Switchblades are illegal. But Maine state representative Sheryl Briggs would like to end her state’s switchblade ban — but only for people with one arm.
One of her constituents is Paul Dumas, Jr., who lost an arm as a teenager. Because switchblades are spring-loaded, they can be opened with one hand. A retractable knife without a switchblade’s springs requires two hands to open.
That’s fine for most people. But it puts Dumas at a disadvantage. As he told the Associated Press, “I’m tired of opening knives with my teeth.”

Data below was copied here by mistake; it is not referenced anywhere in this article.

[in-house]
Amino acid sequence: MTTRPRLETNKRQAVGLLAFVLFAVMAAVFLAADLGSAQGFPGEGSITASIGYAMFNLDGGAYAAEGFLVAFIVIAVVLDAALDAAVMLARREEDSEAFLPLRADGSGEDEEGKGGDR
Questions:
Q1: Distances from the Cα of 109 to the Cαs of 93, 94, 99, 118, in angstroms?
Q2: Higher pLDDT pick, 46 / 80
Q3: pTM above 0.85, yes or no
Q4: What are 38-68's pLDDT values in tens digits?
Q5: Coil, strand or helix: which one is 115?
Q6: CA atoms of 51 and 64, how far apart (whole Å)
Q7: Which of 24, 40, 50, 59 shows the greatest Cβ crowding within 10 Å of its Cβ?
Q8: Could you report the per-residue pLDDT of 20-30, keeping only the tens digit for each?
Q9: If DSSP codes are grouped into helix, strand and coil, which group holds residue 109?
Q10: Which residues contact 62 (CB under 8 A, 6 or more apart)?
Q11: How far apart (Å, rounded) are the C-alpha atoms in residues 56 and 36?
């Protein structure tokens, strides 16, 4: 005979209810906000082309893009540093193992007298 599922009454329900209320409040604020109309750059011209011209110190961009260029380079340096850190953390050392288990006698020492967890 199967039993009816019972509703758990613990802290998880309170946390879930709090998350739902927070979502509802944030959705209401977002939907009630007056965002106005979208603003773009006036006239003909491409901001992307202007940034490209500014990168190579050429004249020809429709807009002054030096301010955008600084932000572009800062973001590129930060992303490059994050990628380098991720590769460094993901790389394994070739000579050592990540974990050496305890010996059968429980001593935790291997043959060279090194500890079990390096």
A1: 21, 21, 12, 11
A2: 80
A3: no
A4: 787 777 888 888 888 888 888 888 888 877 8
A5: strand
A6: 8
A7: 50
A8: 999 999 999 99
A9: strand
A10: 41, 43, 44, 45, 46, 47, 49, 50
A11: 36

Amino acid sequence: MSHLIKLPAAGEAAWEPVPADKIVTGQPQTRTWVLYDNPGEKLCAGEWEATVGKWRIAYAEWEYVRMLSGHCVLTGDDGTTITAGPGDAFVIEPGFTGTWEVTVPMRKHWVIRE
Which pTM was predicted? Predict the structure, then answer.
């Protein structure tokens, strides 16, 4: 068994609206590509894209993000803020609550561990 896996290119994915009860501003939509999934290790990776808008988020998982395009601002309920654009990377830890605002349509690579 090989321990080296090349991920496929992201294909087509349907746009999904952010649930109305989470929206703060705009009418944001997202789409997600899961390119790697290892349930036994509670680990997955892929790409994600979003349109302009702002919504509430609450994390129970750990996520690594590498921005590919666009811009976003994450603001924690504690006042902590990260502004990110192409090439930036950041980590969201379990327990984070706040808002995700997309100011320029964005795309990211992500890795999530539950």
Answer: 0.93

Switchblade liberalization makes sense. For one, it would allow people like Dumas to live with a little more dignity.
For another, switchblade bans don’t even make sense. The federal ban was enacted in 1958, after an irrational moral panic involving West Side Story. Most states also have switchblade bans on the books. There was not an epidemic of switchblade violence at the time. To this day, some shady people will ignore the ban and own switchblades; prohibition doesn’t work. But switchblade violence remains rare, despite most of the law-abiding population respecting the ban.